If you look up the & # 39; s stat-pages of the Canadian Football League, there is not much that flatters the Toronto Argonauts.
Discipline is good. I should clarify it. The Argonauts do not take many penalties.
» Buy tickets: Toronto at Winnipeg
»Prediction time: CFL.ca writers make their week 5 picks
»Argos releases Sutton, Butler, Johnson
»Mountain vs. Ferg: Which & # 39; only in the CFL & # 39; play was quirkier?
Their gap discipline, inclusion, route, etc., may not be that disciplined and therefore they are at 0-3.
What do they have to do to turn things around? All right, let's see.
1. DELAY THE WILDER
When the Argonauts won the gray cup in 2017, they had the second highest offense. They also had Ricky Ray on quarterback. They no longer have Ray and they are already fighting an injury to their number one, James Franklin.
Help McLeod Bethel-Thompson get a strong run-game going. They had nine transfers to Wilder and Chris Rainey last week in a one-point game vs.. BC.
That's no way to keep a defense fair if you don't threaten it with a run game. If you can control the scrimmage, you can take over a game.
Request an attacking line. They feel much better asked to run the ball than to block it. With the exceptional pass rushers in the CFL, it will not be very good to make the game easier to pin back their ears and go to the quarterback.
2. WALK (ER) THE LINE
Derel Walker has to introduce himself to attacking coordinator Jacques Chapedelaine, it seems. He is fifth in the team in goals.
This can now be in accordance with the above remark about running the ball. You can give the quarterback a little more time with a strong run game and then work in play action. All this extra time will allow the QB to search for the deep pattern that Walker is known for if you can bring him into one-on-one situations.
That is Chapdelaine's task to ensure that the game plan emphasizes the strengths of the capacities of people in interaction.
If Walker does not see the ball, you start to wonder what is going on with the philosophy of attack in Toronto. S.J. Green is another, although he has attacked a group, they just can't connect.
3. GET AFTER IT
When Corey Chamblin was the last in Toronto, they won the Gray Cup with one of the most stubborn lines of defense in the game. They were constantly pressuring and firing quarterbacks. Yes, the staff is different, but the Argos only came home twice in their first two games. They had an average of almost three bags almost two years ago.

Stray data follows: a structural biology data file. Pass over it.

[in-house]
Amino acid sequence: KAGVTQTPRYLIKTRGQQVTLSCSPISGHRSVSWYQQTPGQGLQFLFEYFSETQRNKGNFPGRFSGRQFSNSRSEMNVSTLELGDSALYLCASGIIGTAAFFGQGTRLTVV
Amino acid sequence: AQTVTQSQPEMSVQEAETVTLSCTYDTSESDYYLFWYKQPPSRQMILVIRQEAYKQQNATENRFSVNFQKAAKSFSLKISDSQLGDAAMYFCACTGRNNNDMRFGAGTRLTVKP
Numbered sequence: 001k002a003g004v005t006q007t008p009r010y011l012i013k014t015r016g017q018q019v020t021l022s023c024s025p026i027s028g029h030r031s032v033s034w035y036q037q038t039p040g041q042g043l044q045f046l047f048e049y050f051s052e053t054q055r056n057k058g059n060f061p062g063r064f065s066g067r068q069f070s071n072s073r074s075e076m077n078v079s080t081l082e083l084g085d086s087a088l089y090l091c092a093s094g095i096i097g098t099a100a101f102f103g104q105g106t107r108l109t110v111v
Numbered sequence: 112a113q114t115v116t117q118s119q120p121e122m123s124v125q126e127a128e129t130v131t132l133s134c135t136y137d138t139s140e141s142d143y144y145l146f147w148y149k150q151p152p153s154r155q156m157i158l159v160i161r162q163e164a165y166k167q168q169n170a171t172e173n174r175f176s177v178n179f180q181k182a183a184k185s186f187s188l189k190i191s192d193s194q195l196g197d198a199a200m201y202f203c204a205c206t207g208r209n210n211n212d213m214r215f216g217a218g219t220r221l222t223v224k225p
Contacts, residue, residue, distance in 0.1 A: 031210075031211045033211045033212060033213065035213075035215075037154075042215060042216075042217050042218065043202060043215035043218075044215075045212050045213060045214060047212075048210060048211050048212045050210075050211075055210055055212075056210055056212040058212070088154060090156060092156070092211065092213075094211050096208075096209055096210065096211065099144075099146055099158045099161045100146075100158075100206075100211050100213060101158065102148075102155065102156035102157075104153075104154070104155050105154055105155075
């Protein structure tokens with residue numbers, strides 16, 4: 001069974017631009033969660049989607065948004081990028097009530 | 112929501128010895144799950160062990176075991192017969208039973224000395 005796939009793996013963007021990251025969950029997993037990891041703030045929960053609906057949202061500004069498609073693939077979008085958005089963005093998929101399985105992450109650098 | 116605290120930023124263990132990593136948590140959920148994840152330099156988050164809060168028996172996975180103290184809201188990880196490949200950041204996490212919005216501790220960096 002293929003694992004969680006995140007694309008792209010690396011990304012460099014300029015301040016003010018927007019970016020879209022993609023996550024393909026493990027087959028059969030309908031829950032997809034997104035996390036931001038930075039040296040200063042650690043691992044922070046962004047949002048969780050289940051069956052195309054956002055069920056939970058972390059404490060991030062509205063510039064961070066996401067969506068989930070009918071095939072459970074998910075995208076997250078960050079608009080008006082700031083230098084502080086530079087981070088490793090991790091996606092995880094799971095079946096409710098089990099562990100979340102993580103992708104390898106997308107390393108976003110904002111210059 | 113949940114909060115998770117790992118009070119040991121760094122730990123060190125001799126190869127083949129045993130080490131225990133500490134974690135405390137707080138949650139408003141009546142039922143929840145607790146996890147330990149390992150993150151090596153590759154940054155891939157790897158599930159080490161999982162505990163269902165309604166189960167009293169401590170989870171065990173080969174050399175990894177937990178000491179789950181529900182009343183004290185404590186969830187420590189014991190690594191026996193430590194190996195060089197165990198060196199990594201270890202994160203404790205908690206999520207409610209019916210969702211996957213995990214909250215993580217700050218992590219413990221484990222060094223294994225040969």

Because they cannot reach the quarterback, the efficiency of opposing QB & # 39; s is high and that will never win many games.
Chamblin must also draw some things or Jim Popp must find an improved passage for this defense to be successful.
4. KICKERS MATTER
All three phases currently fail on the Argonauts.
Only 60% of the field goals have already shown the Argos a change. In comes Tyler Crapigna, who was last seen kicking a large percentage with the Saskatchewan Roughriders before Brett Lauther stole his job, while Crapigna was recovering from surgery.
Field goals is not the only problem.
The points and the kickoffs are not too hot either. The distance of the punters is the lowest, as well as the kickoff. This has allowed opponents to start at the Argonauts 40-yard line. Yes, it is also a matter of how many times the offense has not been able to withstand sustained drive, but the special Argos teams must also be under the microscope as the team tries to improve things.
5. DON'T PANIC
This applies to everyone in the organization. 0-3 is not favorable and the chances of making the playoffs have not been good when teams start their first month without a win. But the worst thing the team can do is panic.
You try to do too much to make an attack on either offense, defense or special teams and you will miss missions and snowballs are negative.
The Argos were blown out in their first two games of the season, so a loss of one should at least show the team a step in the right direction.
A road trip to Winnipeg may not help to face the undefeated Bombers, but it also gives Toronto the chance to make a statement.